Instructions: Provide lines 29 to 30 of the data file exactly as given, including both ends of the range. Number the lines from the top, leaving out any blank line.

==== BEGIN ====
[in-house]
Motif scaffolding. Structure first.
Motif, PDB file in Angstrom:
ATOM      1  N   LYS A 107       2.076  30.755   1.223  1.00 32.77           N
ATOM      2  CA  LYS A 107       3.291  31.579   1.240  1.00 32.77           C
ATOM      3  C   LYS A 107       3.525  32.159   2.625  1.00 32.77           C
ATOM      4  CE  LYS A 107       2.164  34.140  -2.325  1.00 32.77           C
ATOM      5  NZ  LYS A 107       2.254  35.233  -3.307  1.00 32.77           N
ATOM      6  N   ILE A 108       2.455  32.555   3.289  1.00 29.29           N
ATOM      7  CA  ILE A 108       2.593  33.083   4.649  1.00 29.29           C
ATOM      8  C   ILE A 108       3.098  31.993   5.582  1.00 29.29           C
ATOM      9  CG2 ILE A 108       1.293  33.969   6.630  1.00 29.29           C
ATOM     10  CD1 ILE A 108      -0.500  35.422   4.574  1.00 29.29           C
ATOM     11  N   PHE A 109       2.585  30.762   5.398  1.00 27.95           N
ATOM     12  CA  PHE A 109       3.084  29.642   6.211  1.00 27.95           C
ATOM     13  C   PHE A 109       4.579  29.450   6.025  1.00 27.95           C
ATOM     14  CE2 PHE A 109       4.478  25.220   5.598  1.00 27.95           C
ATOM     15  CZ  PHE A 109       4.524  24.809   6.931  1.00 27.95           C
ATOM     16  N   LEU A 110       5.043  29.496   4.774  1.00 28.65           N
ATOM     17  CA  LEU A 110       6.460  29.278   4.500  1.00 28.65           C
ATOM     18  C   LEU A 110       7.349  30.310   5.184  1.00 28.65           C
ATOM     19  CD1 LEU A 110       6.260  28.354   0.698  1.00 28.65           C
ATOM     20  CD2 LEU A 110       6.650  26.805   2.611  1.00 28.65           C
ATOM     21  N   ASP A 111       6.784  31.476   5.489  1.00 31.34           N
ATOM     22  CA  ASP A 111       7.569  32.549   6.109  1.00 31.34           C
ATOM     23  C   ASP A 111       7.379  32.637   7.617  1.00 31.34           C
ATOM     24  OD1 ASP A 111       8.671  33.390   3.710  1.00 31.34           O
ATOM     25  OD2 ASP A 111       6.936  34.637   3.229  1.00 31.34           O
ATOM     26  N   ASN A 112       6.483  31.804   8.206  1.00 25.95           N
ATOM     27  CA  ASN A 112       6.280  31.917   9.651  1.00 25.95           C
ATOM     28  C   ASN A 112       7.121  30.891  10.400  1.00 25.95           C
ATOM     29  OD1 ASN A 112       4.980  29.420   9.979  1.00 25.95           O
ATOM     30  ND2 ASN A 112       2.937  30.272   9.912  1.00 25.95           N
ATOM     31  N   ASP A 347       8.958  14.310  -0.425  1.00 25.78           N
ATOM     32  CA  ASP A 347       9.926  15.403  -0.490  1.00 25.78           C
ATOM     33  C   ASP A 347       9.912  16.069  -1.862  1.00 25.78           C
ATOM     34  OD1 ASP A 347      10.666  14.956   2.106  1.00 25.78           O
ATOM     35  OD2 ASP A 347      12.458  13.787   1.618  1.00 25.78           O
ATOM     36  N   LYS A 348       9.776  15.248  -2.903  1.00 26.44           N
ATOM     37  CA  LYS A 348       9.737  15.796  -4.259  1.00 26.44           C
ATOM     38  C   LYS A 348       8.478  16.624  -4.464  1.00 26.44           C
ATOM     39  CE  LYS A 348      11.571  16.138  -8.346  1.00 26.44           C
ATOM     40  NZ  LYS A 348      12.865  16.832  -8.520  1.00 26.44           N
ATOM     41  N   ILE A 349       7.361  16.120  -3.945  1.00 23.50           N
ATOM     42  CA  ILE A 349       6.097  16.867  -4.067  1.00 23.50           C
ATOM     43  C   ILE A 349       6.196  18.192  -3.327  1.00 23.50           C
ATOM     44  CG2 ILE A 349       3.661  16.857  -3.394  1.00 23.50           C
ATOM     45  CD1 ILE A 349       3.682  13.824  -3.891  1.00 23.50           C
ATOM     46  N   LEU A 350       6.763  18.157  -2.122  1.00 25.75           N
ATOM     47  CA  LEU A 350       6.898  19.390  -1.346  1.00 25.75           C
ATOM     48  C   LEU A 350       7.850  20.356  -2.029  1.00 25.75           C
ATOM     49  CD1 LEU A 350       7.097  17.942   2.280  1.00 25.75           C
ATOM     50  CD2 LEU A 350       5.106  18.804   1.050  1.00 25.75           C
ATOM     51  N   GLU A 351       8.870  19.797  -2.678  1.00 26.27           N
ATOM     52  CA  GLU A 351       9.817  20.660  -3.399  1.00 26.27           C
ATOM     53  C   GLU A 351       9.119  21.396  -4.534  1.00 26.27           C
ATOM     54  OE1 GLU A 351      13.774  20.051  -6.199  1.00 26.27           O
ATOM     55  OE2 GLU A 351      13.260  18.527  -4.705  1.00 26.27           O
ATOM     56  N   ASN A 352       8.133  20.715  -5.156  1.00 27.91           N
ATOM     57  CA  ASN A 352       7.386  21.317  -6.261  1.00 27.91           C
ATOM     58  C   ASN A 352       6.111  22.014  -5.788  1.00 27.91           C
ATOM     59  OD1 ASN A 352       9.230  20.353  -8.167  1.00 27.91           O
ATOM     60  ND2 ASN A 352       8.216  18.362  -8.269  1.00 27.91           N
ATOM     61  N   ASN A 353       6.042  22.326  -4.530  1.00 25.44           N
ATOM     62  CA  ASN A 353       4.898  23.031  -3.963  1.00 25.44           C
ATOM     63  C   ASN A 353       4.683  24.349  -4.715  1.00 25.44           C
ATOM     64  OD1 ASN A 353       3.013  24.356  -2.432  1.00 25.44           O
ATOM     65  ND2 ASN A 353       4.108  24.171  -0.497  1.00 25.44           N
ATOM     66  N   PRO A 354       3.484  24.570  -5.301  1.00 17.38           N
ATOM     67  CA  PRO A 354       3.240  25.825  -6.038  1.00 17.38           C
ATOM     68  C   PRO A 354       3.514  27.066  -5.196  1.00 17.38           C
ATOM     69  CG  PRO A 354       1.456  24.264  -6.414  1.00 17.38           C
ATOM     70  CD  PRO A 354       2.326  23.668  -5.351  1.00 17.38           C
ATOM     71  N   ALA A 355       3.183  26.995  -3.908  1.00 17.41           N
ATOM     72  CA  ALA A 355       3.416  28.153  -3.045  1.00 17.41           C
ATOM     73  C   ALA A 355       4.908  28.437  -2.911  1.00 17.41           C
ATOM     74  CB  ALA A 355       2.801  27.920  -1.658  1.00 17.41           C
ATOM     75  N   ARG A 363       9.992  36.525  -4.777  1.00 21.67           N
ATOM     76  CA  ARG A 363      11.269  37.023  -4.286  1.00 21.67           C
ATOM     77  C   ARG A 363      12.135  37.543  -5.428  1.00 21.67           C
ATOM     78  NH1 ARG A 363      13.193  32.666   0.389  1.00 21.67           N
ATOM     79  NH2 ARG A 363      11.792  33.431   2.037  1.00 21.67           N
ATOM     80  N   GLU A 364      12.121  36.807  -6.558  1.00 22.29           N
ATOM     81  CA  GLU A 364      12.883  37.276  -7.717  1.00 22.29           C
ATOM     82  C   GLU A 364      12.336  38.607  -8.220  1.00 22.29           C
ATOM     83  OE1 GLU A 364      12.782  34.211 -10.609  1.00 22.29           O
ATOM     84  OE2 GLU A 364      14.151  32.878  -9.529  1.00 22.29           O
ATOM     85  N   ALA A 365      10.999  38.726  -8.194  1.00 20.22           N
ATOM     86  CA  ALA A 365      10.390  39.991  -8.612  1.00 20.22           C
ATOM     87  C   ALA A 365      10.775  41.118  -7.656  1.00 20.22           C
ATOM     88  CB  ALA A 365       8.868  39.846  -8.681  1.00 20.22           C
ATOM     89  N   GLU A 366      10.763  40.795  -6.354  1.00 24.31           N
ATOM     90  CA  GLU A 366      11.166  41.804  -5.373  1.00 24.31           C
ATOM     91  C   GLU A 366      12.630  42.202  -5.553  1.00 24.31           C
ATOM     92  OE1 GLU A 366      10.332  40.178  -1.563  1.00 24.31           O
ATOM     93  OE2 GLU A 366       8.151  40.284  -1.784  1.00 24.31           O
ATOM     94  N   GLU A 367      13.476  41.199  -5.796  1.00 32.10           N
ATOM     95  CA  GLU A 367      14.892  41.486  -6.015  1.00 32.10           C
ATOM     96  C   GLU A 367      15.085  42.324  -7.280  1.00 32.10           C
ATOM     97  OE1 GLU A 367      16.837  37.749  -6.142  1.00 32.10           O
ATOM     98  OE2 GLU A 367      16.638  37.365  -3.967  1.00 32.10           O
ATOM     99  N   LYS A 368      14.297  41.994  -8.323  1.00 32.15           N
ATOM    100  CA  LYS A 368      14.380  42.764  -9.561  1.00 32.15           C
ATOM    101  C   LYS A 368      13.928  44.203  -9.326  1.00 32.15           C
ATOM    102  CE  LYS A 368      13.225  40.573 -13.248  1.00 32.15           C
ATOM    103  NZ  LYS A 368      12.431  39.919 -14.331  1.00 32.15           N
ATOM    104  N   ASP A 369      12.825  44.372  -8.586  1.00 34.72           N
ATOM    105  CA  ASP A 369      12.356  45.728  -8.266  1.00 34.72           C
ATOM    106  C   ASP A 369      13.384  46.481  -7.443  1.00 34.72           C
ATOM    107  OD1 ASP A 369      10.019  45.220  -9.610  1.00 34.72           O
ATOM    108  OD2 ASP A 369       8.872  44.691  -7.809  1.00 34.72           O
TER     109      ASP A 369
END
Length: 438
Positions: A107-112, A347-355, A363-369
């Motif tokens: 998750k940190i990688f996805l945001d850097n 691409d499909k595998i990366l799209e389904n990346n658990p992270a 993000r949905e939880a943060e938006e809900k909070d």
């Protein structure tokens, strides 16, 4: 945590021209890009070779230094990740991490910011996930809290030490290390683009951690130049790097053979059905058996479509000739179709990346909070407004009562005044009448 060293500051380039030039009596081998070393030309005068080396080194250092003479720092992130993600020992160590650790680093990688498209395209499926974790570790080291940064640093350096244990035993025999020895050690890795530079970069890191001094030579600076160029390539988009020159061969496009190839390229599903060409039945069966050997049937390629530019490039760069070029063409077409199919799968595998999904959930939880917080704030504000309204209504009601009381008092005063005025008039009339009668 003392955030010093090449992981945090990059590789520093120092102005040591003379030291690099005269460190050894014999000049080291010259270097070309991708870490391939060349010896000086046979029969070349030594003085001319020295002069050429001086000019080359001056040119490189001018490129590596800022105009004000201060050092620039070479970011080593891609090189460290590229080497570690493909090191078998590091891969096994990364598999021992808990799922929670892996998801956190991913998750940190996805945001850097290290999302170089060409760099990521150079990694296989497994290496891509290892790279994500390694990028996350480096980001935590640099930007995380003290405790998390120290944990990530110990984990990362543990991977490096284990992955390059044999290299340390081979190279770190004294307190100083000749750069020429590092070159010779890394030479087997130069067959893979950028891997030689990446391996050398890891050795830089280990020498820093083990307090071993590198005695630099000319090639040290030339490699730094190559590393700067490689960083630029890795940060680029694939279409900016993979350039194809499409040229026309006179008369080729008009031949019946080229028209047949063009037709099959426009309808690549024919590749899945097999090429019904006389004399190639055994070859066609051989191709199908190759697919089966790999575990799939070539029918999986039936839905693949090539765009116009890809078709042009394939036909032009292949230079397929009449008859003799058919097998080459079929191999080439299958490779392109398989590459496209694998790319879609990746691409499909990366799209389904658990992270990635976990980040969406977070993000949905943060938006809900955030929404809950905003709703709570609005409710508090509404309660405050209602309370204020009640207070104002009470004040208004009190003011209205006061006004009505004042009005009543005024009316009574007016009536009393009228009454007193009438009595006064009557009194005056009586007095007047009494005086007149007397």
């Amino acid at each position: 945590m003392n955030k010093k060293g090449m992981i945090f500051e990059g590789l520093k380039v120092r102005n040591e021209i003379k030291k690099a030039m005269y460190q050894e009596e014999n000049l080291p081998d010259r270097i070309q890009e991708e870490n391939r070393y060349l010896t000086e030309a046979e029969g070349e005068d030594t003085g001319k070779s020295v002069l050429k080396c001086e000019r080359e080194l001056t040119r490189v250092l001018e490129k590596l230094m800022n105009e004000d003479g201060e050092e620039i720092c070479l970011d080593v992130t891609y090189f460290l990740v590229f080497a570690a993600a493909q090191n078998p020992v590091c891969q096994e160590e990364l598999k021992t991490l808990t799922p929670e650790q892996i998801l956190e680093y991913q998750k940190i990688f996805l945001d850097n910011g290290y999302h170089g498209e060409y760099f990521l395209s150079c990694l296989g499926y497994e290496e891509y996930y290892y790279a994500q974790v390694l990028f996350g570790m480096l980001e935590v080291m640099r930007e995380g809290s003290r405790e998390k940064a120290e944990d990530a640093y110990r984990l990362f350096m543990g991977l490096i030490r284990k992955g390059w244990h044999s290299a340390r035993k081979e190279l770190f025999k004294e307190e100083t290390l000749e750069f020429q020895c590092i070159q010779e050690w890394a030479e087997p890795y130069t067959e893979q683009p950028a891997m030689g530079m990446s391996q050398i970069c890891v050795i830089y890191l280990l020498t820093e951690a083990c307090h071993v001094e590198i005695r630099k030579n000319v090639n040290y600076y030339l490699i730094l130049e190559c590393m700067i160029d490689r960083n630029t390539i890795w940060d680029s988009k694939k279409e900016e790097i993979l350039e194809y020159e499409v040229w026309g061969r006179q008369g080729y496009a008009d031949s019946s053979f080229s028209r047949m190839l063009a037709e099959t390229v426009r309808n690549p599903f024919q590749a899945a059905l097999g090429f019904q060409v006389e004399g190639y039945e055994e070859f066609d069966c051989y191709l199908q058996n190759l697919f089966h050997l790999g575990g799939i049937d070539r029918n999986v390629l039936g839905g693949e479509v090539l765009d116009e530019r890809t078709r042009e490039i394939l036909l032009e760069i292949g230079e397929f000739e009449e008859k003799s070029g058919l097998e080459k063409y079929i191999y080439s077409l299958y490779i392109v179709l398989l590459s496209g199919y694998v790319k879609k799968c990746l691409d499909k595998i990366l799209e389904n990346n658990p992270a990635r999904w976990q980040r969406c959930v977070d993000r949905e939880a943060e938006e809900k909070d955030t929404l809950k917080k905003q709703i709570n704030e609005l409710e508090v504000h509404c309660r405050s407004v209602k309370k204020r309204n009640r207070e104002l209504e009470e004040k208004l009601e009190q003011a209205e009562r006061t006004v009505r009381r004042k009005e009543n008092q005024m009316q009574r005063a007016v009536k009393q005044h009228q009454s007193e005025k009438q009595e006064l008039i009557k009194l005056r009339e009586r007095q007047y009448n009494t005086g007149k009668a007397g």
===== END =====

ATOM     26  N   ASN A 112       6.483  31.804   8.206  1.00 25.95           N
ATOM     27  CA  ASN A 112       6.280  31.917   9.651  1.00 25.95           C